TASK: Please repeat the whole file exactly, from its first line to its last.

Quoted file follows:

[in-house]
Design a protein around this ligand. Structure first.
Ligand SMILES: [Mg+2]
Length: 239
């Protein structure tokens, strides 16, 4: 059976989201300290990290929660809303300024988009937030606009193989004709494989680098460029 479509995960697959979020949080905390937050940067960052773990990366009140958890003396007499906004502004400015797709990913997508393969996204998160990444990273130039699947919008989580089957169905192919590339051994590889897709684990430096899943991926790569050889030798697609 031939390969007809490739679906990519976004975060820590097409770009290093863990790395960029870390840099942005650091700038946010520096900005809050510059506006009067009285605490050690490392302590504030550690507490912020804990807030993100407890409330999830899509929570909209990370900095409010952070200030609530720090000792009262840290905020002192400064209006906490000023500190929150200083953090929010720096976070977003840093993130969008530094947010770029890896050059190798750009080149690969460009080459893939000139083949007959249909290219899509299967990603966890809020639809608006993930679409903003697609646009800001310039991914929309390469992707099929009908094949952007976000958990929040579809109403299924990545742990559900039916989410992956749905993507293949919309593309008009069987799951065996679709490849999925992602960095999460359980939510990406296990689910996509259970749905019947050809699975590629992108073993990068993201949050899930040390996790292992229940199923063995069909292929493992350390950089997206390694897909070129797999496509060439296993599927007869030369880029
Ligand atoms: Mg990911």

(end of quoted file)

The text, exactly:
[in-house]
Design a protein around this ligand. Structure first.
Ligand SMILES: [Mg+2]
Length: 239
């Protein structure tokens, strides 16, 4: 059976989201300290990290929660809303300024988009937030606009193989004709494989680098460029 479509995960697959979020949080905390937050940067960052773990990366009140958890003396007499906004502004400015797709990913997508393969996204998160990444990273130039699947919008989580089957169905192919590339051994590889897709684990430096899943991926790569050889030798697609 031939390969007809490739679906990519976004975060820590097409770009290093863990790395960029870390840099942005650091700038946010520096900005809050510059506006009067009285605490050690490392302590504030550690507490912020804990807030993100407890409330999830899509929570909209990370900095409010952070200030609530720090000792009262840290905020002192400064209006906490000023500190929150200083953090929010720096976070977003840093993130969008530094947010770029890896050059190798750009080149690969460009080459893939000139083949007959249909290219899509299967990603966890809020639809608006993930679409903003697609646009800001310039991914929309390469992707099929009908094949952007976000958990929040579809109403299924990545742990559900039916989410992956749905993507293949919309593309008009069987799951065996679709490849999925992602960095999460359980939510990406296990689910996509259970749905019947050809699975590629992108073993990068993201949050899930040390996790292992229940199923063995069909292929493992350390950089997206390694897909070129797999496509060439296993599927007869030369880029
Ligand atoms: Mg990911």